Many of my conversations with Republicans regarding the Presidential race and the fact that I intend to vote for Gary Johnson usually end up in one of two categories. First, there are the people who tell me that by voting for Johnson, I’m voting for President Obama. As I’ve noted before, this an absurd argument largely because it assumes that Mitt Romney is entitled to my vote as a libertarian, an argument which I don’t accept. The other argument I frequently hear is one that basically says that my vote is wasted because Gary Johnson isn’t going to have any impact on the race. I’ve always thought that the two arguments are mutually contradictory. After all, if my vote for Johnson is going to hurt Romney then it obviously will have some impact on the race, and if it isn’t going to have any impact on the race then it isn’t going to hurt Mitt Romney. You really can’t make both arguments at the same time.
I’ve always thought, though, that the best way to judge what people really think is to look at how they act, and based on their actions, Republicans really seem to be concerned about Gary Johnson’s potential impact on the Presidential race:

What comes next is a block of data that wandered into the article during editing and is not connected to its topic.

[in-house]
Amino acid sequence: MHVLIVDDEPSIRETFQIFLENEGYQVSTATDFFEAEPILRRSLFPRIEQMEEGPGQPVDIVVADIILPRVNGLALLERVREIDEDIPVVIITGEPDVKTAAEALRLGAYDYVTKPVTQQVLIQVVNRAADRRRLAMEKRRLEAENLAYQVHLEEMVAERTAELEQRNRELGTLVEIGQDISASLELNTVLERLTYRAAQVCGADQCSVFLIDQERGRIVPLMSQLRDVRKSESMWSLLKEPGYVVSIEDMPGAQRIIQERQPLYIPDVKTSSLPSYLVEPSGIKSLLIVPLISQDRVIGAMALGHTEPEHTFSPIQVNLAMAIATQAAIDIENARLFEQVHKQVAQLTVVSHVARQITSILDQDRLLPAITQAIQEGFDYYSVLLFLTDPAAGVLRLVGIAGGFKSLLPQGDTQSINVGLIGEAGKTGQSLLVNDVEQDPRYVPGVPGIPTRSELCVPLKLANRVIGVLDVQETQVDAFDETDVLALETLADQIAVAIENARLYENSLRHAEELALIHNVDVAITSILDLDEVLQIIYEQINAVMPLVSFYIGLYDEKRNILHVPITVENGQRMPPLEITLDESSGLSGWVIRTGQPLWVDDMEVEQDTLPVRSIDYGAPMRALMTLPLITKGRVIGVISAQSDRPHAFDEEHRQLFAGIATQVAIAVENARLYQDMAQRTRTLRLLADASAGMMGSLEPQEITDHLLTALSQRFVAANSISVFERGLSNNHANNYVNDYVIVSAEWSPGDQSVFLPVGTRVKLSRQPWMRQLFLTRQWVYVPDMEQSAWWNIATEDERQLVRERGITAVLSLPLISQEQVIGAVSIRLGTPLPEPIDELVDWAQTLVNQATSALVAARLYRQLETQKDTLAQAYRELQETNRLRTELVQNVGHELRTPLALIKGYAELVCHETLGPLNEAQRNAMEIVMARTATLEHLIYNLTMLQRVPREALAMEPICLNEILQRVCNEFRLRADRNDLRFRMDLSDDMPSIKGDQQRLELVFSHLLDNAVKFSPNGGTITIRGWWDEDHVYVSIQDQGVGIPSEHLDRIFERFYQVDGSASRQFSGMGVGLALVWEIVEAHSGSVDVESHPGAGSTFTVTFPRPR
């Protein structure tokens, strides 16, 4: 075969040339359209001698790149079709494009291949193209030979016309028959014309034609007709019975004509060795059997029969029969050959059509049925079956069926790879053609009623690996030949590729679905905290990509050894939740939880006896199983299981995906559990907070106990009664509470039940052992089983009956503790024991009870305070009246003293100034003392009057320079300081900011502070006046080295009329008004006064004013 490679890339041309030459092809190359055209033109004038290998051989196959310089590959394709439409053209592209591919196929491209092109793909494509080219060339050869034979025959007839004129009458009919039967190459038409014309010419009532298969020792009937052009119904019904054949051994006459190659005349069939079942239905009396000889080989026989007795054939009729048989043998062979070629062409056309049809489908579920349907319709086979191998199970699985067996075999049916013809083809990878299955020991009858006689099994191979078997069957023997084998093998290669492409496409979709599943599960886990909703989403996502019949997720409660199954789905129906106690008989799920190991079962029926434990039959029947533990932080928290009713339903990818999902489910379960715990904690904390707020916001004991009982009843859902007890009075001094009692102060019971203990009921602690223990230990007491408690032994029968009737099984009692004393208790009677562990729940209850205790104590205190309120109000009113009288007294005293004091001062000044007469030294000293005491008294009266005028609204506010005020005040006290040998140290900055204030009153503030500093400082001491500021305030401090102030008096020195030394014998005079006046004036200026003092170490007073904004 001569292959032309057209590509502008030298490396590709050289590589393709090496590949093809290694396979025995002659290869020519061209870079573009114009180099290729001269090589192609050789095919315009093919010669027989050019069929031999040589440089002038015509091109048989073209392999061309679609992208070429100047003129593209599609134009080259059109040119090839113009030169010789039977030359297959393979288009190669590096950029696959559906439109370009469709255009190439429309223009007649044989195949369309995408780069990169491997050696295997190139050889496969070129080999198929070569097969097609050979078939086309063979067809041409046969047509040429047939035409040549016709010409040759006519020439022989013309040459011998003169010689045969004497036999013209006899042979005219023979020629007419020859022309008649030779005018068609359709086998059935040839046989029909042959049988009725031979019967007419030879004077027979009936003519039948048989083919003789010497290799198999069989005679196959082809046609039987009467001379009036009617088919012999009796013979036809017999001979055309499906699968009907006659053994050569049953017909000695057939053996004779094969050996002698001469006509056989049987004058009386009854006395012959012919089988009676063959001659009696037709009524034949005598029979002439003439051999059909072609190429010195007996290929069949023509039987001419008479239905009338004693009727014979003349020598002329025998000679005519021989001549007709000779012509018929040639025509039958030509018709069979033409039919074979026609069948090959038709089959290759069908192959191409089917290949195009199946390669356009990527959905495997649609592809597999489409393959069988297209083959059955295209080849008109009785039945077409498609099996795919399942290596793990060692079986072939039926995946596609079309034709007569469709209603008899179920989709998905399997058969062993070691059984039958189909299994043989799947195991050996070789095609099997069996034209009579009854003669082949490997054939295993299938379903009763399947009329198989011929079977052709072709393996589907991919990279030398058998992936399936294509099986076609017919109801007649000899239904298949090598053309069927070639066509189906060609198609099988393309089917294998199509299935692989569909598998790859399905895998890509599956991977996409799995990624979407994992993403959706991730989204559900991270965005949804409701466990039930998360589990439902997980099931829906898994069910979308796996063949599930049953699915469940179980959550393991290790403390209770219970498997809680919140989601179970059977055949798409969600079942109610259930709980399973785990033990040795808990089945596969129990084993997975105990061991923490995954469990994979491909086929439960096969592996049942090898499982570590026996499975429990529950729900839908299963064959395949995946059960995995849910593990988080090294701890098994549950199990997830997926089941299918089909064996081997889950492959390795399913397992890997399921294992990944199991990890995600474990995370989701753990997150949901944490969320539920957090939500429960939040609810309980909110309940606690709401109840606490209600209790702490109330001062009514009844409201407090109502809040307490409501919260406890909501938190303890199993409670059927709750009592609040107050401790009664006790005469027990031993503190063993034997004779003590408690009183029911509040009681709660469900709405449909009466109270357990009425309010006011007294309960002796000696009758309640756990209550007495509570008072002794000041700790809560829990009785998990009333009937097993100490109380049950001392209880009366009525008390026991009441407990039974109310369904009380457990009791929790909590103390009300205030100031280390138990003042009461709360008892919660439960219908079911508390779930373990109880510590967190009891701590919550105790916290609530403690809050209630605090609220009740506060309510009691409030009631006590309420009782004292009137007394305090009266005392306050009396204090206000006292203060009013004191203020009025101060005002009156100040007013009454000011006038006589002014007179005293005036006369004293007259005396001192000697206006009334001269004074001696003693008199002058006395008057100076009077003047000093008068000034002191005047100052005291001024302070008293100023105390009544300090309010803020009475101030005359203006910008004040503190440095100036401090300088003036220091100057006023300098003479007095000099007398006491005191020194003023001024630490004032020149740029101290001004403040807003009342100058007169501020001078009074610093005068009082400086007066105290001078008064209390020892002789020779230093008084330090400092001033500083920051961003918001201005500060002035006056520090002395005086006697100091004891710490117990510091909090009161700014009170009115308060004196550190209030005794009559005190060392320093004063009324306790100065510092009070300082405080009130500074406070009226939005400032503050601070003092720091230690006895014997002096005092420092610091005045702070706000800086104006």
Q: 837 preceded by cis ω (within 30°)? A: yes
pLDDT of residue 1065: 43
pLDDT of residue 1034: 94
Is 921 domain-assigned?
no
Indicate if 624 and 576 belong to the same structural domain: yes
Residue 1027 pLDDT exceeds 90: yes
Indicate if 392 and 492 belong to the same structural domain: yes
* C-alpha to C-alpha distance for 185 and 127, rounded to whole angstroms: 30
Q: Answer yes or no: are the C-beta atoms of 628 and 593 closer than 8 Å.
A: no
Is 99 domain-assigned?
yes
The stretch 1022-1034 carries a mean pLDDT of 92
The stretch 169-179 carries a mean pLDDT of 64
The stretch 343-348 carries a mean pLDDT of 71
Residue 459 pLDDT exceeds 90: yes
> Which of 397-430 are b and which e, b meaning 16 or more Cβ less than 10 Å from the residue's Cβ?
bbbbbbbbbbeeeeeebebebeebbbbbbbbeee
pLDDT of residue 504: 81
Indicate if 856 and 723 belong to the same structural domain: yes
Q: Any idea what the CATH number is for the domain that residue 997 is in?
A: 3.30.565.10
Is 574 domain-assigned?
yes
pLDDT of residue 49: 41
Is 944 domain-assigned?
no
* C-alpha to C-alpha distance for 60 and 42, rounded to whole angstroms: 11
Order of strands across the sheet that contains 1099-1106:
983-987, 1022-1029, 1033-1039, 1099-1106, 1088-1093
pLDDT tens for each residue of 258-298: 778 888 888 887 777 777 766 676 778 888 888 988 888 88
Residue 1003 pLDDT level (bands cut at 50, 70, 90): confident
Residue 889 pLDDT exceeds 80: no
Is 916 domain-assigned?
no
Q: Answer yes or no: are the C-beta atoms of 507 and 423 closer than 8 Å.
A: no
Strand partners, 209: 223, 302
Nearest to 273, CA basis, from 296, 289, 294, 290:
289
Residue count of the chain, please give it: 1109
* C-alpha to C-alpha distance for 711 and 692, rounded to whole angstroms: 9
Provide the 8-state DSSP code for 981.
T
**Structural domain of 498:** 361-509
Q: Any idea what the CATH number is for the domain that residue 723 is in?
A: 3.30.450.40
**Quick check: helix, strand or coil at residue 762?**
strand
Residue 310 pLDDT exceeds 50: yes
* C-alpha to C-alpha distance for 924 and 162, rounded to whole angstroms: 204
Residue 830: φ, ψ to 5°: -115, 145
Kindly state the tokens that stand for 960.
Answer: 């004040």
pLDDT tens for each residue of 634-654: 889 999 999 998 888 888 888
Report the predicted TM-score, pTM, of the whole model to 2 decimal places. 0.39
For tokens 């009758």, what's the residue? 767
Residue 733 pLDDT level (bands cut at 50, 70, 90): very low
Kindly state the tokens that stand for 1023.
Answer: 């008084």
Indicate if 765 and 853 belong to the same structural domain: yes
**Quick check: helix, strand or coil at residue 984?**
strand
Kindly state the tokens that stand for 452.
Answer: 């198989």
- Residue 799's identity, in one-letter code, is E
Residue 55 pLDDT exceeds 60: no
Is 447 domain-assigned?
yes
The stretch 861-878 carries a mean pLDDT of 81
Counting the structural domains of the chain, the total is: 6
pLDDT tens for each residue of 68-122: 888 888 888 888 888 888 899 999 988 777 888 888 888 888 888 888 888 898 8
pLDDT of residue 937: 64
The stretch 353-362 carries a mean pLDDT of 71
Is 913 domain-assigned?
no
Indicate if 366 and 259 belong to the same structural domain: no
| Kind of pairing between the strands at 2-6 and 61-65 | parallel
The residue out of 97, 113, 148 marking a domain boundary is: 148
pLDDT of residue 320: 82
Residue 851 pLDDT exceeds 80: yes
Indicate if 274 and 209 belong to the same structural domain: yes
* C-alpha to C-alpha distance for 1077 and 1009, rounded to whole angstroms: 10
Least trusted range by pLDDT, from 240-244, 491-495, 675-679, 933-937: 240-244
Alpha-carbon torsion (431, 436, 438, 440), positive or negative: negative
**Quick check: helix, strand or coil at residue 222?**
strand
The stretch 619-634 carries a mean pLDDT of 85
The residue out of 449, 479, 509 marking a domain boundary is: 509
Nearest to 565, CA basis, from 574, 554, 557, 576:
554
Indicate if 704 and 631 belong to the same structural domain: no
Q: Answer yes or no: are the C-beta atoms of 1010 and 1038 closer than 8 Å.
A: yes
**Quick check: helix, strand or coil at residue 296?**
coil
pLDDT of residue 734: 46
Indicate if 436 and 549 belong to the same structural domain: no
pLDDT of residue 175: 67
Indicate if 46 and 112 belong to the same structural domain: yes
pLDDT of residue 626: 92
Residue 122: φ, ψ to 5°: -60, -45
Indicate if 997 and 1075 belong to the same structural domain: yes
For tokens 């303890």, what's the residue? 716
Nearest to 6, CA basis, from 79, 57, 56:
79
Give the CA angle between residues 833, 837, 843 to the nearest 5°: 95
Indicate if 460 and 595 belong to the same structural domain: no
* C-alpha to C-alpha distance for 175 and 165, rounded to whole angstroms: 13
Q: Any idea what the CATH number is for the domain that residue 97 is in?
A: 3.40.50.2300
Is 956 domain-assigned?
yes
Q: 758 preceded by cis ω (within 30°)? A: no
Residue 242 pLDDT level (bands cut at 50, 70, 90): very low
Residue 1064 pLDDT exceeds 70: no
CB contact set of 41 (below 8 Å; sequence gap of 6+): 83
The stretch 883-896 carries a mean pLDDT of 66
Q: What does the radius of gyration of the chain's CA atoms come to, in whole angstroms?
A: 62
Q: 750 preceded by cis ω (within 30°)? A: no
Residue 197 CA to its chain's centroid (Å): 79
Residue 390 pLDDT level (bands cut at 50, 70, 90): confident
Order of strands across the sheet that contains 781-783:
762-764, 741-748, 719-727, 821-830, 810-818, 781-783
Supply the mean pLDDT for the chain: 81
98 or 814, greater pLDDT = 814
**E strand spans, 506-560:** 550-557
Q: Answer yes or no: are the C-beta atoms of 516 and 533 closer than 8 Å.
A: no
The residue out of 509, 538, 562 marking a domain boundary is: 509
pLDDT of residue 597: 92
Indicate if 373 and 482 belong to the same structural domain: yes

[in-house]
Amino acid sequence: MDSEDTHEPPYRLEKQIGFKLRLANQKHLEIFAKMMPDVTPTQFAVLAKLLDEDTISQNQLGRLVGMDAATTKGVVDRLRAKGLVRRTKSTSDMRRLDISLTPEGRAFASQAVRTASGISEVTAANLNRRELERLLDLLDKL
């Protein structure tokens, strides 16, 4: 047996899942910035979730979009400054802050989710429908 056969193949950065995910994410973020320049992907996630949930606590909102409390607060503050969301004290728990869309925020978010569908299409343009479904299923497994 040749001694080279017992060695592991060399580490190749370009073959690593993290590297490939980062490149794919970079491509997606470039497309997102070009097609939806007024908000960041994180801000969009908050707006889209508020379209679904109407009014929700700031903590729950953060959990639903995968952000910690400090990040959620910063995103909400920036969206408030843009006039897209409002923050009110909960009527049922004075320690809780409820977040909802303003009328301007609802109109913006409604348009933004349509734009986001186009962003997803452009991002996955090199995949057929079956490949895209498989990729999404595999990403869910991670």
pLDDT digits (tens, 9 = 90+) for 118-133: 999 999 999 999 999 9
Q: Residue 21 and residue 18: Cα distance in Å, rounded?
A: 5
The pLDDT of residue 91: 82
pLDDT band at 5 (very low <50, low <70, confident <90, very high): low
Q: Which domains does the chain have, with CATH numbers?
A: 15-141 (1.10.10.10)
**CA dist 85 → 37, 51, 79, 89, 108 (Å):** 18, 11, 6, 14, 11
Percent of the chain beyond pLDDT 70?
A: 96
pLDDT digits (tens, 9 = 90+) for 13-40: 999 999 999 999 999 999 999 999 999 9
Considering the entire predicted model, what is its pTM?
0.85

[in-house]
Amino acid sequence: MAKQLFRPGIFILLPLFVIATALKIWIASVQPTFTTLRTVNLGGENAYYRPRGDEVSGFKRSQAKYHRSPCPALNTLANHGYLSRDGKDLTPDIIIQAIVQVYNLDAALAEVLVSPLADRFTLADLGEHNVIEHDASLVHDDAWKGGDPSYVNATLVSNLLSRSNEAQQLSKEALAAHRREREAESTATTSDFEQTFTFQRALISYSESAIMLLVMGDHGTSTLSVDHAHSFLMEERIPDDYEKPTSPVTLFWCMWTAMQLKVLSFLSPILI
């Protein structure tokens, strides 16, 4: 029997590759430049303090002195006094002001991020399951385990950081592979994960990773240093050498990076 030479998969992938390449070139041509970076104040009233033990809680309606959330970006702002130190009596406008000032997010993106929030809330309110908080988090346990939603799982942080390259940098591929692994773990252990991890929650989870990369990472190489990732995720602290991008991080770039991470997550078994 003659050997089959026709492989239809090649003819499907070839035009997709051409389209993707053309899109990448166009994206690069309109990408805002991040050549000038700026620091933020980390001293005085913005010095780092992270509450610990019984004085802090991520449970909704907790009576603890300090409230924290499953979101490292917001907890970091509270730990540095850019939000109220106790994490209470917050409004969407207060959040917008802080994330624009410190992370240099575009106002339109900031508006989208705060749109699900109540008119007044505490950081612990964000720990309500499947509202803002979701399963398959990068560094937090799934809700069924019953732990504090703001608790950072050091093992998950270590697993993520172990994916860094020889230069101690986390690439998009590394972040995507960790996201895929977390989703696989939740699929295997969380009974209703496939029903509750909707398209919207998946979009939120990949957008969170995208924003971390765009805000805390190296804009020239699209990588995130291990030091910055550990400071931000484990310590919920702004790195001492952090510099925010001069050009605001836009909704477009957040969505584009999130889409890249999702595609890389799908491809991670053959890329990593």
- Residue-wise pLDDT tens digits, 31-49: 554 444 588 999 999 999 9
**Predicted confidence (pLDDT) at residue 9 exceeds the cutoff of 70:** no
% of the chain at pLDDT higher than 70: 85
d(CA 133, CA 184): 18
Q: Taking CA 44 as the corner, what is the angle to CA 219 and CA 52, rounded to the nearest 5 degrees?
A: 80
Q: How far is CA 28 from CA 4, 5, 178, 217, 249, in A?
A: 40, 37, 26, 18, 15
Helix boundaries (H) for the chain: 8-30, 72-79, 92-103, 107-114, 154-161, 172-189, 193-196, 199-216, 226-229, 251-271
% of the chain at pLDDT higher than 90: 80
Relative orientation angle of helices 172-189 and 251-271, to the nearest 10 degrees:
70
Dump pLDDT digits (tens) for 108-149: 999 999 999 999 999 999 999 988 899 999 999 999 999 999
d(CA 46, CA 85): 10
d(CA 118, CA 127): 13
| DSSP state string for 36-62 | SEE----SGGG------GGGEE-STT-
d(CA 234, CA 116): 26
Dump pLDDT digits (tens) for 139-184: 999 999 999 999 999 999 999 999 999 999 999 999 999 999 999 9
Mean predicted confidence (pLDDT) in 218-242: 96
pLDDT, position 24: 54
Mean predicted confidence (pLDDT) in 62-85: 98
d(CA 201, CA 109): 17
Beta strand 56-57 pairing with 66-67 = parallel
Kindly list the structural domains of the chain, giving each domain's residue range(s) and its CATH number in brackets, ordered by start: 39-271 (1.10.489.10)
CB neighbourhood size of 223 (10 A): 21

When he was running for the Republican presidential nomination last year, Gary Johnson, the former two-term Republican governor of New Mexico, drew ridicule from mainstream party members as he advocated legalized marijuana and a 43 percent cut in military spending.
When firefighters are putting out a home blaze, do they carefully cover up all the furniture and belongings so they aren’t harmed by water damage? After a horrific car crash, do the EMT’s carefully disrobe a critically injured patient so as to protect their clothing? No. There is a crisis, a risk to life and property. After the crisis is dealt with - the fire’s put out, a pulse is restored - there is an opportunity to assess the damage and rebuild in a thoughtful, methodical way.
Our country faces crises in the financial and civil liberties sectors. I don’t need to outline the scope here, especially for libertarians. Though we are antsy to achieve the government and society that will ensure and promote civil liberties and free market economic policies, first, in 2012, we need to restore the pulse of the economy before rebuilding the society that’s been systematically taken apart since the New Deal days.
Obama’s plan for the economy involves over-regulation, effectively banning new domestic gas or oil production, and tax increases of unparalleled scope beginning January 1, 2013. Beyond that, there’s not much of a plan - Harry Reid has failed to get a budget passed in well over 1,000 days.